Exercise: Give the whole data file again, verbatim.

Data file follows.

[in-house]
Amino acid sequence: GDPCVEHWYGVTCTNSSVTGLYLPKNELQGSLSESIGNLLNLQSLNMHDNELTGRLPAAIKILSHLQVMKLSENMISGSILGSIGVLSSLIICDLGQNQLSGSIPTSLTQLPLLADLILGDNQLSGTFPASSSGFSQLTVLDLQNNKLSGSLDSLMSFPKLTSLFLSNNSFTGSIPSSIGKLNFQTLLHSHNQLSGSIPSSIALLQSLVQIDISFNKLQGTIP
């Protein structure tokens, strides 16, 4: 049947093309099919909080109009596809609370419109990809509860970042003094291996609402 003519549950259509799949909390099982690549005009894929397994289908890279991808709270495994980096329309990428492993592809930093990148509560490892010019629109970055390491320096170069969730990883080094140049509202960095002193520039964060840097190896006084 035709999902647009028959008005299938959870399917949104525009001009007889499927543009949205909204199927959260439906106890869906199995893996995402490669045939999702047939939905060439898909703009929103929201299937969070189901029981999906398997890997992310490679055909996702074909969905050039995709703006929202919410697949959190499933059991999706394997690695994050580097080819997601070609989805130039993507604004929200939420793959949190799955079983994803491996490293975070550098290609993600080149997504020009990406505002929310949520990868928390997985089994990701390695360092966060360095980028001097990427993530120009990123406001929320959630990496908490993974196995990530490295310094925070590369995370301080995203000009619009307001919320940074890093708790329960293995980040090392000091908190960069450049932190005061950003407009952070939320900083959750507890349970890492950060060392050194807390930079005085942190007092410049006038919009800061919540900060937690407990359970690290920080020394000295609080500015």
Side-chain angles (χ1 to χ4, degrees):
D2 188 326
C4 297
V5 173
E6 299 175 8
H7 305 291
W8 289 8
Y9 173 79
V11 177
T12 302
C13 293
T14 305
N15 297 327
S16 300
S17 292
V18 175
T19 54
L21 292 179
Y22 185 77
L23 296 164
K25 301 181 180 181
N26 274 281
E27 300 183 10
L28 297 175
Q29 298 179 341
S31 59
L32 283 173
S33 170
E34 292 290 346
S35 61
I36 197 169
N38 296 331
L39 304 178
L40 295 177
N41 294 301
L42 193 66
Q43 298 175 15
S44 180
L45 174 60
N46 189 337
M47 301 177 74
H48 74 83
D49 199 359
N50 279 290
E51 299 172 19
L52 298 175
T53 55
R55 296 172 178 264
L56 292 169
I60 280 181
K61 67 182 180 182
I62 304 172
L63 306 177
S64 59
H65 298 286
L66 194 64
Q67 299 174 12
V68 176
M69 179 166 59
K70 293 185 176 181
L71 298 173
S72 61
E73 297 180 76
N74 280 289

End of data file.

[in-house]
Amino acid sequence: GDPCVEHWYGVTCTNSSVTGLYLPKNELQGSLSESIGNLLNLQSLNMHDNELTGRLPAAIKILSHLQVMKLSENMISGSILGSIGVLSSLIICDLGQNQLSGSIPTSLTQLPLLADLILGDNQLSGTFPASSSGFSQLTVLDLQNNKLSGSLDSLMSFPKLTSLFLSNNSFTGSIPSSIGKLNFQTLLHSHNQLSGSIPSSIALLQSLVQIDISFNKLQGTIP
């Protein structure tokens, strides 16, 4: 049947093309099919909080109009596809609370419109990809509860970042003094291996609402 003519549950259509799949909390099982690549005009894929397994289908890279991808709270495994980096329309990428492993592809930093990148509560490892010019629109970055390491320096170069969730990883080094140049509202960095002193520039964060840097190896006084 035709999902647009028959008005299938959870399917949104525009001009007889499927543009949205909204199927959260439906106890869906199995893996995402490669045939999702047939939905060439898909703009929103929201299937969070189901029981999906398997890997992310490679055909996702074909969905050039995709703006929202919410697949959190499933059991999706394997690695994050580097080819997601070609989805130039993507604004929200939420793959949190799955079983994803491996490293975070550098290609993600080149997504020009990406505002929310949520990868928390997985089994990701390695360092966060360095980028001097990427993530120009990123406001929320959630990496908490993974196995990530490295310094925070590369995370301080995203000009619009307001919320940074890093708790329960293995980040090392000091908190960069450049932190005061950003407009952070939320900083959750507890349970890492950060060392050194807390930079005085942190007092410049006038919009800061919540900060937690407990359970690290920080020394000295609080500015």
Side-chain angles (χ1 to χ4, degrees):
D2 188 326
C4 297
V5 173
E6 299 175 8
H7 305 291
W8 289 8
Y9 173 79
V11 177
T12 302
C13 293
T14 305
N15 297 327
S16 300
S17 292
V18 175
T19 54
L21 292 179
Y22 185 77
L23 296 164
K25 301 181 180 181
N26 274 281
E27 300 183 10
L28 297 175
Q29 298 179 341
S31 59
L32 283 173
S33 170
E34 292 290 346
S35 61
I36 197 169
N38 296 331
L39 304 178
L40 295 177
N41 294 301
L42 193 66
Q43 298 175 15
S44 180
L45 174 60
N46 189 337
M47 301 177 74
H48 74 83
D49 199 359
N50 279 290
E51 299 172 19
L52 298 175
T53 55
R55 296 172 178 264
L56 292 169
I60 280 181
K61 67 182 180 182
I62 304 172
L63 306 177
S64 59
H65 298 286
L66 194 64
Q67 299 174 12
V68 176
M69 179 166 59
K70 293 185 176 181
L71 298 173
S72 61
E73 297 180 76
N74 280 289